The Supreme Court on Wednesday pulled up the government, saying the executive was suffering from inertia and policy paralysis, and was waiting for the apex court to intervene to bring down the pollution levels in the national capital region (NCR).

The bench headed by Chief Justice of India (CJI) N.V. Ramana said the Centre and Delhi, Haryana, and the Punjab governments should have done much more instead of urging the court to issue directions on working-from-home, carpooling, and the use of sprinklers.

“I have been observing as a judge that the bureaucracy has developed an inertia… policy paralysis, and they want this court to do everything. As if we should give directions to take a bucket, put out a fire, use sprinklers and all,” the CJI told solicitor general Tushar Mehta appearing for the government.

The bench, also comprising justices Dhananjaya Y. Chandrachud, and Surya Kant, said: “This is an unfortunate situation the bureaucracy has come down to. They say ‘we won’t do anything. Let the court pass directions and we will simply put signatures saying the court has directed’.”

“When Delhi is completely choked, this court is forced to step in. Tell us what have the Centre and states been doing for the remaining parts of the year? When the house is on fire, you start digging a well …just because Delhi and the adjoining areas of UP (Uttar Pradesh), Haryana, and Punjab are involved, we have to intervene. Otherwise, this is something a high court could look at,” it added.

Mehta urged the court not to issue “harsher directives”, such as making it mandatory even for central government employees to work from home or imposing a complete lockdown in Delhi-NCR. He said the Supreme Court should consider putting off any directive till 21 November as the metrological department expects the situation to improve after Sunday due to a change in the wind directions.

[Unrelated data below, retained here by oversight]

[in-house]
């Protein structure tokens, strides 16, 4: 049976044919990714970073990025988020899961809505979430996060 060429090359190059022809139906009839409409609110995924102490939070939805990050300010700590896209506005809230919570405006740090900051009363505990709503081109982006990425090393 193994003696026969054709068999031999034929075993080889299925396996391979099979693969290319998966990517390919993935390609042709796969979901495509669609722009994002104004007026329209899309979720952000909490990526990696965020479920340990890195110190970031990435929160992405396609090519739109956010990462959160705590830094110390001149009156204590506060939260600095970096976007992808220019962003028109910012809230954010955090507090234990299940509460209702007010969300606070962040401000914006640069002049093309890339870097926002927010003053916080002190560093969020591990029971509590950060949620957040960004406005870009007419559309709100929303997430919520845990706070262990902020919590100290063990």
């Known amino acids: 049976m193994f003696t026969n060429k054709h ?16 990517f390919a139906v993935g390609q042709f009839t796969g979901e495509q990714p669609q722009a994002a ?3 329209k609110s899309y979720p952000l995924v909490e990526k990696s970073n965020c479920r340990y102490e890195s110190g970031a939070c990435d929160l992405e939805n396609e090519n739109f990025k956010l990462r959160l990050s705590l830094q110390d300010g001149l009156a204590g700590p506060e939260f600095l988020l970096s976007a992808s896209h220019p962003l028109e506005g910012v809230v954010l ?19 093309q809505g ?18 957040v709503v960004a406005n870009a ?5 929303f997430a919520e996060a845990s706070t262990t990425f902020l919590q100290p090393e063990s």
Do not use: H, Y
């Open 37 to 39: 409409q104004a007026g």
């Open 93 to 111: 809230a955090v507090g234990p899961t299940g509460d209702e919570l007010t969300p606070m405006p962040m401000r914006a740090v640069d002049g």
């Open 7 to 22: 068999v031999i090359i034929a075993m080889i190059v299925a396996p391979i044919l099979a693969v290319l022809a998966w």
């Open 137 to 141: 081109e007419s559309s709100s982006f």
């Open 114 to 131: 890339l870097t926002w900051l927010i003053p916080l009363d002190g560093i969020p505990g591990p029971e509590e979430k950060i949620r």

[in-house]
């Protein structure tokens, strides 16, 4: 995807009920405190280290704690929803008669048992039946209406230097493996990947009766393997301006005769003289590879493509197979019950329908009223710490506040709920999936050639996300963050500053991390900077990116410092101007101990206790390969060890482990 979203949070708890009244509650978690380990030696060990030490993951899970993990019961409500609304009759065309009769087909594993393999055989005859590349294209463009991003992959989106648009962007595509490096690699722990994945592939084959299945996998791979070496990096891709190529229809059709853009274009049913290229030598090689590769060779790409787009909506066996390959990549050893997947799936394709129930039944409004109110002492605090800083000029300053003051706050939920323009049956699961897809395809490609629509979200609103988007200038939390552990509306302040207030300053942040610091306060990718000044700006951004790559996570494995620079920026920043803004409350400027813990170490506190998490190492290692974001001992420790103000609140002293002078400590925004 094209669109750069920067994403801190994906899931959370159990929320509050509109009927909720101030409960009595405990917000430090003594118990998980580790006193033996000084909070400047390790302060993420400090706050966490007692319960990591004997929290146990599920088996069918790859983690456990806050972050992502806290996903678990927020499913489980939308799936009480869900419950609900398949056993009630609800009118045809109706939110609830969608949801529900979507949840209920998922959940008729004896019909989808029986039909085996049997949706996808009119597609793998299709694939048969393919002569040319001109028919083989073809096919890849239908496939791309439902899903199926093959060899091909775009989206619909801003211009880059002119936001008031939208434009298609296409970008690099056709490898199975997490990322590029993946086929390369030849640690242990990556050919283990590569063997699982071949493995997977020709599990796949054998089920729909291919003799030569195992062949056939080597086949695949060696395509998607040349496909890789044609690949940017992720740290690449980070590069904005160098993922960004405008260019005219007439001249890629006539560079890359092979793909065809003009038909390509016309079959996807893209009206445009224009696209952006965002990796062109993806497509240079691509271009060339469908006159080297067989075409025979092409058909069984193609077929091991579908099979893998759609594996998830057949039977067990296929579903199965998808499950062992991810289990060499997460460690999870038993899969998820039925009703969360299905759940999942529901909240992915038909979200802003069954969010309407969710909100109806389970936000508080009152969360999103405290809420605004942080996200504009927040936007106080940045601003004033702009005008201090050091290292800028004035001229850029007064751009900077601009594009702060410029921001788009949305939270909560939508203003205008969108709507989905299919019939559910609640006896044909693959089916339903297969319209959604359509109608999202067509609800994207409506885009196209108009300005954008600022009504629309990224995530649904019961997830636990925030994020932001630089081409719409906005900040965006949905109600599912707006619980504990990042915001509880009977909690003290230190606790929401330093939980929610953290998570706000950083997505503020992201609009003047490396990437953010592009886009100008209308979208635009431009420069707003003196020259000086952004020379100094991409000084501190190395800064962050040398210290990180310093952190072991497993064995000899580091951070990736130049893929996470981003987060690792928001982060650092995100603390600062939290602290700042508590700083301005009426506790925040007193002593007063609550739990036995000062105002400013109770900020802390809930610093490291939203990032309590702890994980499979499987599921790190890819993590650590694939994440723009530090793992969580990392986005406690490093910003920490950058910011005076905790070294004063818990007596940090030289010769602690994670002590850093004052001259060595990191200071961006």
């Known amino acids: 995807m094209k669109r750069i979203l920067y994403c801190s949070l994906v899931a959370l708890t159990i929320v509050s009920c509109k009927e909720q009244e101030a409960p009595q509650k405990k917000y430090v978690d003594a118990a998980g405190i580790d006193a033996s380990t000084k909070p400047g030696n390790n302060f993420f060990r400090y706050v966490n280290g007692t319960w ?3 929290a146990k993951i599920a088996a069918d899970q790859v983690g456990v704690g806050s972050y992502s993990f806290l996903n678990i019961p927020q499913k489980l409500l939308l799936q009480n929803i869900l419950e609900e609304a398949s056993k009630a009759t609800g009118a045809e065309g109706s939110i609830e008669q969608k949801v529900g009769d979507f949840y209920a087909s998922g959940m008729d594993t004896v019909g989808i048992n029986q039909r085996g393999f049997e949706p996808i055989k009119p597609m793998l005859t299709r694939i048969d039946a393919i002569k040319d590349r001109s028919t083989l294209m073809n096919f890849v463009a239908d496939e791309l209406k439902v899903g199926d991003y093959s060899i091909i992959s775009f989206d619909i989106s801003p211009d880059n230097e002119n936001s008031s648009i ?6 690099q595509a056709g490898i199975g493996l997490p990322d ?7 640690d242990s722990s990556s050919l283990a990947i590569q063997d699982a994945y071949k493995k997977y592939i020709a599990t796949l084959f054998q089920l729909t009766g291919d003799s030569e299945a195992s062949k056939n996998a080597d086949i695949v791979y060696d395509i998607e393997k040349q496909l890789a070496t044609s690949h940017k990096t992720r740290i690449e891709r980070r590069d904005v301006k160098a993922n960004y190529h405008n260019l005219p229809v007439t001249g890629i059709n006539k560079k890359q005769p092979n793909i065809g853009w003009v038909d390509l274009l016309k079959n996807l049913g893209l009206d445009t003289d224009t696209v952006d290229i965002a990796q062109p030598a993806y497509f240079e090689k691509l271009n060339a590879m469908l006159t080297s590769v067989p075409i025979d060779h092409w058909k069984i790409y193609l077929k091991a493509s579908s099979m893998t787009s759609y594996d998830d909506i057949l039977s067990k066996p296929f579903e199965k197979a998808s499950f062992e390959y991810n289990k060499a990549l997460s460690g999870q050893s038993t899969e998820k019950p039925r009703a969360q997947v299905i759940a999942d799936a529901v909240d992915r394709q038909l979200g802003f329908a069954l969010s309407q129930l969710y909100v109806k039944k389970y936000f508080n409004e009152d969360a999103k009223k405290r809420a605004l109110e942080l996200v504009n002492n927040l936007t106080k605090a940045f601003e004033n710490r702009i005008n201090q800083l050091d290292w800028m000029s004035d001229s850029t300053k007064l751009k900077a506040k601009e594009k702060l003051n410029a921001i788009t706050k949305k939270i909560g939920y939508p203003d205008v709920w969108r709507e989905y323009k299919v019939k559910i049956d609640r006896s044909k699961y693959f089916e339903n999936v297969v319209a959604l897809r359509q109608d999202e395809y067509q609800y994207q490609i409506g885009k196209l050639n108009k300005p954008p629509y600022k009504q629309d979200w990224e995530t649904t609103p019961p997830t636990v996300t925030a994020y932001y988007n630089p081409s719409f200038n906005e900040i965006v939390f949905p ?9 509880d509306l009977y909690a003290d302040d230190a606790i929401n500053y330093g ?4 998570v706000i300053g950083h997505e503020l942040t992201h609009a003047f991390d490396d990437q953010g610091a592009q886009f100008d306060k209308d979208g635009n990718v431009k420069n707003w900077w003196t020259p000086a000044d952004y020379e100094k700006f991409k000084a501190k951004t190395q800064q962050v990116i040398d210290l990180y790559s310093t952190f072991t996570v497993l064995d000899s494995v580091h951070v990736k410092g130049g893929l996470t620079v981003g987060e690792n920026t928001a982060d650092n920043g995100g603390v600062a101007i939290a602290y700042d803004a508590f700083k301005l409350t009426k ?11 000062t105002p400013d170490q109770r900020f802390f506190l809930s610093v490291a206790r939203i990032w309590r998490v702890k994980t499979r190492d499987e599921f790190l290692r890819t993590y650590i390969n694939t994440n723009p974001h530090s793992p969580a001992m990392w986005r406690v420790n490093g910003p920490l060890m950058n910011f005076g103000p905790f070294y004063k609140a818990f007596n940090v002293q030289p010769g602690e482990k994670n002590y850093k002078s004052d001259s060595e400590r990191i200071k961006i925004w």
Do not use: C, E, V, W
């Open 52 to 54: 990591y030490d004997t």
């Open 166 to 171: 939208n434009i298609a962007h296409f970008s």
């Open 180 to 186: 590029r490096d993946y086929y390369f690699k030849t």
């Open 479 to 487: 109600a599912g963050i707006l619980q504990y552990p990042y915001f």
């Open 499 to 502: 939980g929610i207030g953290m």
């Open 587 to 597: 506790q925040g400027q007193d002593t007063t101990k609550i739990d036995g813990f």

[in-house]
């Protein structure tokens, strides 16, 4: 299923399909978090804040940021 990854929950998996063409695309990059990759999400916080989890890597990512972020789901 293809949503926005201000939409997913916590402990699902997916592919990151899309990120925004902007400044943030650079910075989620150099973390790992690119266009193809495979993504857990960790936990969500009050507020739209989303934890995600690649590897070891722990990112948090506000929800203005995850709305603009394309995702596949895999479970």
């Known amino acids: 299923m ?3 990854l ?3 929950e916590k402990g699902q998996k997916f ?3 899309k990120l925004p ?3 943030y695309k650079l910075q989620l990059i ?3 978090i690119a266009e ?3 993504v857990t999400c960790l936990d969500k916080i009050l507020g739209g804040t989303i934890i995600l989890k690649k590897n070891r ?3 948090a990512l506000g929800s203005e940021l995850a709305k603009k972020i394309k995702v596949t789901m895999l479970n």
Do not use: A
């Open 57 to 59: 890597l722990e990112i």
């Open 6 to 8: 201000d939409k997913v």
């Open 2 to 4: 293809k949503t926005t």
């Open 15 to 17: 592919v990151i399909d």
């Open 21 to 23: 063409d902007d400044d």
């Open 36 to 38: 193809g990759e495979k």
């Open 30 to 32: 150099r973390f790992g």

The bench agreed to defer its orders, but said the authorities fell short in implementing the statutory and regulatory norms related to industrial and construction activities.

On Tuesday, the top court had said the Centre and states must come up with solutions to mitigate the crisis in 24 hours. Subsequently, the Commission for Air Quality Management convened an emergency meeting on Tuesday evening between the Centre and states, before issuing directions to ban all construction work and in-person classes at schools and colleges in the National Capital Region (NCR). The commission also banned the entry of trucks in Delhi barring those carrying essential supplies, besides issuing directions to shut down six thermal power plants within a 300km radius of Delhi.

The authorities had warned of deteriorating air quality levels in the region in late October after satellite images captured a spike in farm fires. On 5 November, a day after Diwali, the air quality index shot up to 462 (severe category). Since then, it has been in severe to very poor category. “There are already norms in place (to control pollution levels), but there is no implementation. There is a lack of will,” the bench added. The Supreme Court will hear the case on 24 November.

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